Friday, May 16, 2014


Machines and Electronics

toaster or grill

Some low-security prisons allow the use of hot plates in cells, but in those that don’t, prisoners still find ways to cook their own food. This cell stove/grill was made by a prisoner in Germany using a broken heater, aluminum foil, and some wire.

mini lathe

Whether it was meant to be used for making art, tools or weapons is a mystery, but this mini-lathe is a great example of how prisoners use the items around them to make ingenious machines. A few discarded pieces of plastic, some batteries, wires, tape and rubber bands, and you’re in business.
still heater

Since alcohol isn’t allowed in prison, prisoners have been making jailhouse booze forever. An essential part of any inmate’s still is an immersion heater like this one. Razor blades and an electric cord make up the (presumably extremely dangerous) heater pictured.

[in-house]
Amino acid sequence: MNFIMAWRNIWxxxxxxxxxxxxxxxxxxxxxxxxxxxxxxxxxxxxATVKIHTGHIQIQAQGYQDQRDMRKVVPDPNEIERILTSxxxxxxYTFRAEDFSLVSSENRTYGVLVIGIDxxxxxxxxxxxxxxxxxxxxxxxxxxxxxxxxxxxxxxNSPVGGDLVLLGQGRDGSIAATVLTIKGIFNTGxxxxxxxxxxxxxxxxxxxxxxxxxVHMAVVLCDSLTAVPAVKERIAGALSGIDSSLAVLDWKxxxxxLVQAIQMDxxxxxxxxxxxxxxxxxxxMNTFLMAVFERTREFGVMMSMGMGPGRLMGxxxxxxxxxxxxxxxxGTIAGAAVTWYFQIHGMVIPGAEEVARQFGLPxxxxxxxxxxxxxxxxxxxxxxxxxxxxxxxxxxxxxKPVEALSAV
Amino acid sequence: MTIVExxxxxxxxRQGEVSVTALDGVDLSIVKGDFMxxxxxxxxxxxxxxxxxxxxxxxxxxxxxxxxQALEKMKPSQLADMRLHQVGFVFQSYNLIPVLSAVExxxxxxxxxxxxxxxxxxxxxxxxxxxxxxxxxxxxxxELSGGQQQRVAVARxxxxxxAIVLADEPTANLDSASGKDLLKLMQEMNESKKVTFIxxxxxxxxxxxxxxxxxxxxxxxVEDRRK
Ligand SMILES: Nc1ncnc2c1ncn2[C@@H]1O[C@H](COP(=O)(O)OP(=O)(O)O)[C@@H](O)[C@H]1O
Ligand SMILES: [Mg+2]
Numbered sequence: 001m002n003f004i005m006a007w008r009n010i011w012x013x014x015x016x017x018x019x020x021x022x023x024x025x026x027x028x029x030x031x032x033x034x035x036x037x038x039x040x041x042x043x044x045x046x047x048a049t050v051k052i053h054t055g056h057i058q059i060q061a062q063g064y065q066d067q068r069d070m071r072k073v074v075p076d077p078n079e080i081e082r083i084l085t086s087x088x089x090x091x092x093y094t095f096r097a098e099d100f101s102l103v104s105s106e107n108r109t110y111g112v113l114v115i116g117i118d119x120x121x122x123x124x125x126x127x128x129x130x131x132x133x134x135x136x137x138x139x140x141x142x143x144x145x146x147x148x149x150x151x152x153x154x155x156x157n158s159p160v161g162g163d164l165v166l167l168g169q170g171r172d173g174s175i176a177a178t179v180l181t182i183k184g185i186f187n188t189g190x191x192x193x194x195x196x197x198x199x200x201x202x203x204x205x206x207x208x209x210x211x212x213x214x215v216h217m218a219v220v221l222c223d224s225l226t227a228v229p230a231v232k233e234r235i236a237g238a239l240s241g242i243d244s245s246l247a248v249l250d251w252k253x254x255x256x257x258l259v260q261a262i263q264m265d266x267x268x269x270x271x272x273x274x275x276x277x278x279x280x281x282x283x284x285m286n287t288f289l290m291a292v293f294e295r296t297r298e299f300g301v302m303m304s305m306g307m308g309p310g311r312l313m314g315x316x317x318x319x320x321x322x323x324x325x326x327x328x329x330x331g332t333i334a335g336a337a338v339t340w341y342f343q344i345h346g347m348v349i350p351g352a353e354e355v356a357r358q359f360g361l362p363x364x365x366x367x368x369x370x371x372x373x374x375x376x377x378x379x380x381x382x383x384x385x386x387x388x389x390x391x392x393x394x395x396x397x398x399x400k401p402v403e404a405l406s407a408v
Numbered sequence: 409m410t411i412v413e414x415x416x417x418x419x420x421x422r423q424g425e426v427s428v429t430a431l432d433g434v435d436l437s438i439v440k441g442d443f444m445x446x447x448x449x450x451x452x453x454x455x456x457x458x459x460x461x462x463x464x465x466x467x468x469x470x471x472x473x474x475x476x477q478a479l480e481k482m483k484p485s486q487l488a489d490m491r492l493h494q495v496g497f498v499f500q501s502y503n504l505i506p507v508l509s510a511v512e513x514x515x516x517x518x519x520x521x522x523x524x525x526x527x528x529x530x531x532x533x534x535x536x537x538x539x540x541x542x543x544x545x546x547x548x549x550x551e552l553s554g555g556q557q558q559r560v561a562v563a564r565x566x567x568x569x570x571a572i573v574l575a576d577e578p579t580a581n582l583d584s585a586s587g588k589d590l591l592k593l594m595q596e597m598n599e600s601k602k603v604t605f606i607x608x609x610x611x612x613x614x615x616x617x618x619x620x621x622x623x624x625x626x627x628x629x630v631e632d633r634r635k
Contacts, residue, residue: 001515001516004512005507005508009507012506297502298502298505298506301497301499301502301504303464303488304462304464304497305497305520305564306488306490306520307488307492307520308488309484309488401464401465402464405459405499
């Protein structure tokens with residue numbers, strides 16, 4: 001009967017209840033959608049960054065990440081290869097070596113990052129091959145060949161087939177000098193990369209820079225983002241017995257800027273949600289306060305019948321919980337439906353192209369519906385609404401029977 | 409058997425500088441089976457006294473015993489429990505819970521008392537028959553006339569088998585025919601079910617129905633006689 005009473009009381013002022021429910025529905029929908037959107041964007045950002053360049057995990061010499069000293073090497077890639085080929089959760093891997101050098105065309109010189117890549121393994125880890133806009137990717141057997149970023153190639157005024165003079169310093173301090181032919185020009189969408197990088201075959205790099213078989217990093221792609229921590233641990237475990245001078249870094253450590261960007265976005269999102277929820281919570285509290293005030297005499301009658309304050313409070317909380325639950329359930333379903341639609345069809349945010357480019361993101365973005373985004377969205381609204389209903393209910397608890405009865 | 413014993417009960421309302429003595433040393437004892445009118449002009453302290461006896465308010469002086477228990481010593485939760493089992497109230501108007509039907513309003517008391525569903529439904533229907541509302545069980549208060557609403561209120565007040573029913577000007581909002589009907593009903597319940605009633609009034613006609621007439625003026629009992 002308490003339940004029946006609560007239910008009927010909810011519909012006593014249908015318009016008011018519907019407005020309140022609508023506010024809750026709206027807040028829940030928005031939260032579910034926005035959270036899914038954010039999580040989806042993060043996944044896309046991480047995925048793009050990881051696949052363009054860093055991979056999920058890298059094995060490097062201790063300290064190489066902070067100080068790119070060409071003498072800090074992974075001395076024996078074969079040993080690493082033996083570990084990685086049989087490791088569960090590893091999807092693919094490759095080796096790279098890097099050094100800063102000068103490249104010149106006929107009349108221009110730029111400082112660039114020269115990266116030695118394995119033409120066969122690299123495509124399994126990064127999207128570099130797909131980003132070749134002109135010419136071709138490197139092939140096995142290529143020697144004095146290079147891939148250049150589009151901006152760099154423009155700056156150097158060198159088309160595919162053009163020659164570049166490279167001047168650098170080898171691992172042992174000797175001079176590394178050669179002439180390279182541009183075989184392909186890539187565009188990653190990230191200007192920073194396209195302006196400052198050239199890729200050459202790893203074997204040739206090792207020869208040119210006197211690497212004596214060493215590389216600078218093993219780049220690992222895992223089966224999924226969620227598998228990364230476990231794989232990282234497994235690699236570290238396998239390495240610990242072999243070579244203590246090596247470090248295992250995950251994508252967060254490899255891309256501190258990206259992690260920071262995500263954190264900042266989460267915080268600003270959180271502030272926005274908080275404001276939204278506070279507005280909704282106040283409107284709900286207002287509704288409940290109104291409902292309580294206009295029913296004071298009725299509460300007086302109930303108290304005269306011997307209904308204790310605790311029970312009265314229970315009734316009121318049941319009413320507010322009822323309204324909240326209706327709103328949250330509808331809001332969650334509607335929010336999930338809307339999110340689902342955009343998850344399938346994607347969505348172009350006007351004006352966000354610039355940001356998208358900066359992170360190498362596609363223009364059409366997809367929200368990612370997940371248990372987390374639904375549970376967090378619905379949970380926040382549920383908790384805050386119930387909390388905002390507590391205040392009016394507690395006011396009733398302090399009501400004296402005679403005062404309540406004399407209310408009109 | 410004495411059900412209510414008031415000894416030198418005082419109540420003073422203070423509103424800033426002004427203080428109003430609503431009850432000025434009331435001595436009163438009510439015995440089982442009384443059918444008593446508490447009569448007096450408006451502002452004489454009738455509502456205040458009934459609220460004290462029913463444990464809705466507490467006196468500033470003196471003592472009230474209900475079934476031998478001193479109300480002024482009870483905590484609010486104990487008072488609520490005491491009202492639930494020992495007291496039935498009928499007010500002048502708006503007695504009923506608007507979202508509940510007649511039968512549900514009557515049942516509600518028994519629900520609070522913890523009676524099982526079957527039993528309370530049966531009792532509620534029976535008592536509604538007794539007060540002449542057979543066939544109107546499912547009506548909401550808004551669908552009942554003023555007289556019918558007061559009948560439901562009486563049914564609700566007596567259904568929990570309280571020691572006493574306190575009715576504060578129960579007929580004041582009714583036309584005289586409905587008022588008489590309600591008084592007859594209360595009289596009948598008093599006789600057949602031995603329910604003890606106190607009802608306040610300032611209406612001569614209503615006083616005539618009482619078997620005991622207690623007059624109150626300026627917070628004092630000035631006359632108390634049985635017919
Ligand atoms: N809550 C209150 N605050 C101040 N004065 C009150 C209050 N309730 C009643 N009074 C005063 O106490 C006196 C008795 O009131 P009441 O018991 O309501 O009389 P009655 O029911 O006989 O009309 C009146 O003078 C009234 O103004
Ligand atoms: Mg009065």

bug or transmitter

Inmates – especially those with contraband to hide – are constantly on the lookout for cell shakedowns. They can more easily prepare for the searches if they have a device like this bug. Provided that they can somehow sneak it into the guard room, this tiny transmitter will allow a prisoner to listen to whatever is going down in the guards’ domain. Made from radio recorder parts, the little device can also be used to transmit from one cell to another, provided the second cell has a receiver like the one pictured above, hidden in an encyclopedia.
tattoo gun